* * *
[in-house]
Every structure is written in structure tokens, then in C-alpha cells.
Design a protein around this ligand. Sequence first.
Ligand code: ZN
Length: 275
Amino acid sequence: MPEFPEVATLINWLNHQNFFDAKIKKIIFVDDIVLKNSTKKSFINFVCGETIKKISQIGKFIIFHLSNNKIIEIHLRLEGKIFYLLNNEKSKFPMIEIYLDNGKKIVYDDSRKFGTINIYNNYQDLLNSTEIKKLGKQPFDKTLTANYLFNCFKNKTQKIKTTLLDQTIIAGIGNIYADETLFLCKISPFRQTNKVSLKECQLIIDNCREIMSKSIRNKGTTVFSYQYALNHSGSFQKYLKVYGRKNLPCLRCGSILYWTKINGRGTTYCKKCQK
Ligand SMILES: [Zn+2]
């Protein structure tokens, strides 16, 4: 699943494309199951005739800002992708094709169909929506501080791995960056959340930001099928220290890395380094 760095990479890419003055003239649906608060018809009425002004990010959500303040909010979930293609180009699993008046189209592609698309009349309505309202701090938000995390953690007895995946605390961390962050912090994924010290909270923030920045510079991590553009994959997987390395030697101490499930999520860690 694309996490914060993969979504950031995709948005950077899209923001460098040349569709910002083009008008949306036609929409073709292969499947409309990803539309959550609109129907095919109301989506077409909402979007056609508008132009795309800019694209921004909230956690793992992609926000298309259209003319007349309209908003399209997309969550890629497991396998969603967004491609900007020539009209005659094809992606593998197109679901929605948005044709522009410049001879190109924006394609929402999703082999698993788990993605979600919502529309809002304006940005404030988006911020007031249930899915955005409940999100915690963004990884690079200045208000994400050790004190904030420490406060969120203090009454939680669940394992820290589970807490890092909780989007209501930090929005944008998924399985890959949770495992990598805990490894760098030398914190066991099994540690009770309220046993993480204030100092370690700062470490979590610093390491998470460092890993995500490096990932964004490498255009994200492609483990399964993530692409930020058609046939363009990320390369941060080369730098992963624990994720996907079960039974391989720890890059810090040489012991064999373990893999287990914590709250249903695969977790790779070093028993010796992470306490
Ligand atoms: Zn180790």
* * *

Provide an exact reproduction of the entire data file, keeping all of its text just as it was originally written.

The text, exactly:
[in-house]
Every structure is written in structure tokens, then in C-alpha cells.
Design a protein around this ligand. Sequence first.
Ligand code: ZN
Length: 275
Amino acid sequence: MPEFPEVATLINWLNHQNFFDAKIKKIIFVDDIVLKNSTKKSFINFVCGETIKKISQIGKFIIFHLSNNKIIEIHLRLEGKIFYLLNNEKSKFPMIEIYLDNGKKIVYDDSRKFGTINIYNNYQDLLNSTEIKKLGKQPFDKTLTANYLFNCFKNKTQKIKTTLLDQTIIAGIGNIYADETLFLCKISPFRQTNKVSLKECQLIIDNCREIMSKSIRNKGTTVFSYQYALNHSGSFQKYLKVYGRKNLPCLRCGSILYWTKINGRGTTYCKKCQK
Ligand SMILES: [Zn+2]
């Protein structure tokens, strides 16, 4: 699943494309199951005739800002992708094709169909929506501080791995960056959340930001099928220290890395380094 760095990479890419003055003239649906608060018809009425002004990010959500303040909010979930293609180009699993008046189209592609698309009349309505309202701090938000995390953690007895995946605390961390962050912090994924010290909270923030920045510079991590553009994959997987390395030697101490499930999520860690 694309996490914060993969979504950031995709948005950077899209923001460098040349569709910002083009008008949306036609929409073709292969499947409309990803539309959550609109129907095919109301989506077409909402979007056609508008132009795309800019694209921004909230956690793992992609926000298309259209003319007349309209908003399209997309969550890629497991396998969603967004491609900007020539009209005659094809992606593998197109679901929605948005044709522009410049001879190109924006394609929402999703082999698993788990993605979600919502529309809002304006940005404030988006911020007031249930899915955005409940999100915690963004990884690079200045208000994400050790004190904030420490406060969120203090009454939680669940394992820290589970807490890092909780989007209501930090929005944008998924399985890959949770495992990598805990490894760098030398914190066991099994540690009770309220046993993480204030100092370690700062470490979590610093390491998470460092890993995500490096990932964004490498255009994200492609483990399964993530692409930020058609046939363009990320390369941060080369730098992963624990994720996907079960039974391989720890890059810090040489012991064999373990893999287990914590709250249903695969977790790779070093028993010796992470306490
Ligand atoms: Zn180790």